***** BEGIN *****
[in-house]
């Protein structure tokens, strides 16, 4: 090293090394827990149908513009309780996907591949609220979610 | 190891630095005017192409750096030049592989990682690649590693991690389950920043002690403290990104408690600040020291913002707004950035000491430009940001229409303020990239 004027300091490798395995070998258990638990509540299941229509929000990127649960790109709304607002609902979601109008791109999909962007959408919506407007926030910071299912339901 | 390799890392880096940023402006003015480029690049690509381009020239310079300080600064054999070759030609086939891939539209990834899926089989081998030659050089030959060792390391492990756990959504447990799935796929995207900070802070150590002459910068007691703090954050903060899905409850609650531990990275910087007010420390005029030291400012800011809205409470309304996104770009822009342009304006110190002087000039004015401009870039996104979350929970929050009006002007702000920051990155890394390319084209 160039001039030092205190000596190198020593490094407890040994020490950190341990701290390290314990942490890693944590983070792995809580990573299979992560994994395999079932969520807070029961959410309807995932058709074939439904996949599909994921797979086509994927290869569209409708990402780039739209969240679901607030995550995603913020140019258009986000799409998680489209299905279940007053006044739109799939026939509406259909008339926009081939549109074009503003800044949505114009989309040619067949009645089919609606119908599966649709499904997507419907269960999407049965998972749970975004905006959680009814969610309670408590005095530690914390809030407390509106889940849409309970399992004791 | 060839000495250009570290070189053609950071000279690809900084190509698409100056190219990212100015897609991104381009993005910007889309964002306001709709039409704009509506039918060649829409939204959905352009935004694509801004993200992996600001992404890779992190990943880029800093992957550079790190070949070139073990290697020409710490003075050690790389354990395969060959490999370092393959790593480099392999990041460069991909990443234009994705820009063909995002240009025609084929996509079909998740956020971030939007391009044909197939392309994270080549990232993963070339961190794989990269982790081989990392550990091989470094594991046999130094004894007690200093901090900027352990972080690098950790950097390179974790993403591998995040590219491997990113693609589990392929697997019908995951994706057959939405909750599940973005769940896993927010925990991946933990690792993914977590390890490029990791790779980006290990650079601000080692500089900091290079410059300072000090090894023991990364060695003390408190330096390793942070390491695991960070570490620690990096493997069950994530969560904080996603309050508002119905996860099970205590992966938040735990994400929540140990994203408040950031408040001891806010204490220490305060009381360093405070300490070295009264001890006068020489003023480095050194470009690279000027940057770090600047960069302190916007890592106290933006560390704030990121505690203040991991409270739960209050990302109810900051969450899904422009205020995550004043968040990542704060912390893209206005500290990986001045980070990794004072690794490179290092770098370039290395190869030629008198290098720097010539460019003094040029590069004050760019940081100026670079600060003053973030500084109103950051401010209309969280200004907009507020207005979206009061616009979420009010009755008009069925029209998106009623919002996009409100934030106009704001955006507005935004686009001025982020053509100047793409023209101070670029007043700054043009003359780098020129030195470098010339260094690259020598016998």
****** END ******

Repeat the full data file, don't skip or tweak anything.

[in-house]
């Protein structure tokens, strides 16, 4: 090293090394827990149908513009309780996907591949609220979610 | 190891630095005017192409750096030049592989990682690649590693991690389950920043002690403290990104408690600040020291913002707004950035000491430009940001229409303020990239 004027300091490798395995070998258990638990509540299941229509929000990127649960790109709304607002609902979601109008791109999909962007959408919506407007926030910071299912339901 | 390799890392880096940023402006003015480029690049690509381009020239310079300080600064054999070759030609086939891939539209990834899926089989081998030659050089030959060792390391492990756990959504447990799935796929995207900070802070150590002459910068007691703090954050903060899905409850609650531990990275910087007010420390005029030291400012800011809205409470309304996104770009822009342009304006110190002087000039004015401009870039996104979350929970929050009006002007702000920051990155890394390319084209 160039001039030092205190000596190198020593490094407890040994020490950190341990701290390290314990942490890693944590983070792995809580990573299979992560994994395999079932969520807070029961959410309807995932058709074939439904996949599909994921797979086509994927290869569209409708990402780039739209969240679901607030995550995603913020140019258009986000799409998680489209299905279940007053006044739109799939026939509406259909008339926009081939549109074009503003800044949505114009989309040619067949009645089919609606119908599966649709499904997507419907269960999407049965998972749970975004905006959680009814969610309670408590005095530690914390809030407390509106889940849409309970399992004791 | 060839000495250009570290070189053609950071000279690809900084190509698409100056190219990212100015897609991104381009993005910007889309964002306001709709039409704009509506039918060649829409939204959905352009935004694509801004993200992996600001992404890779992190990943880029800093992957550079790190070949070139073990290697020409710490003075050690790389354990395969060959490999370092393959790593480099392999990041460069991909990443234009994705820009063909995002240009025609084929996509079909998740956020971030939007391009044909197939392309994270080549990232993963070339961190794989990269982790081989990392550990091989470094594991046999130094004894007690200093901090900027352990972080690098950790950097390179974790993403591998995040590219491997990113693609589990392929697997019908995951994706057959939405909750599940973005769940896993927010925990991946933990690792993914977590390890490029990791790779980006290990650079601000080692500089900091290079410059300072000090090894023991990364060695003390408190330096390793942070390491695991960070570490620690990096493997069950994530969560904080996603309050508002119905996860099970205590992966938040735990994400929540140990994203408040950031408040001891806010204490220490305060009381360093405070300490070295009264001890006068020489003023480095050194470009690279000027940057770090600047960069302190916007890592106290933006560390704030990121505690203040991991409270739960209050990302109810900051969450899904422009205020995550004043968040990542704060912390893209206005500290990986001045980070990794004072690794490179290092770098370039290395190869030629008198290098720097010539460019003094040029590069004050760019940081100026670079600060003053973030500084109103950051401010209309969280200004907009507020207005979206009061616009979420009010009755008009069925029209998106009623919002996009409100934030106009704001955006507005935004686009001025982020053509100047793409023209101070670029007043700054043009003359780098020129030195470098010339260094690259020598016998």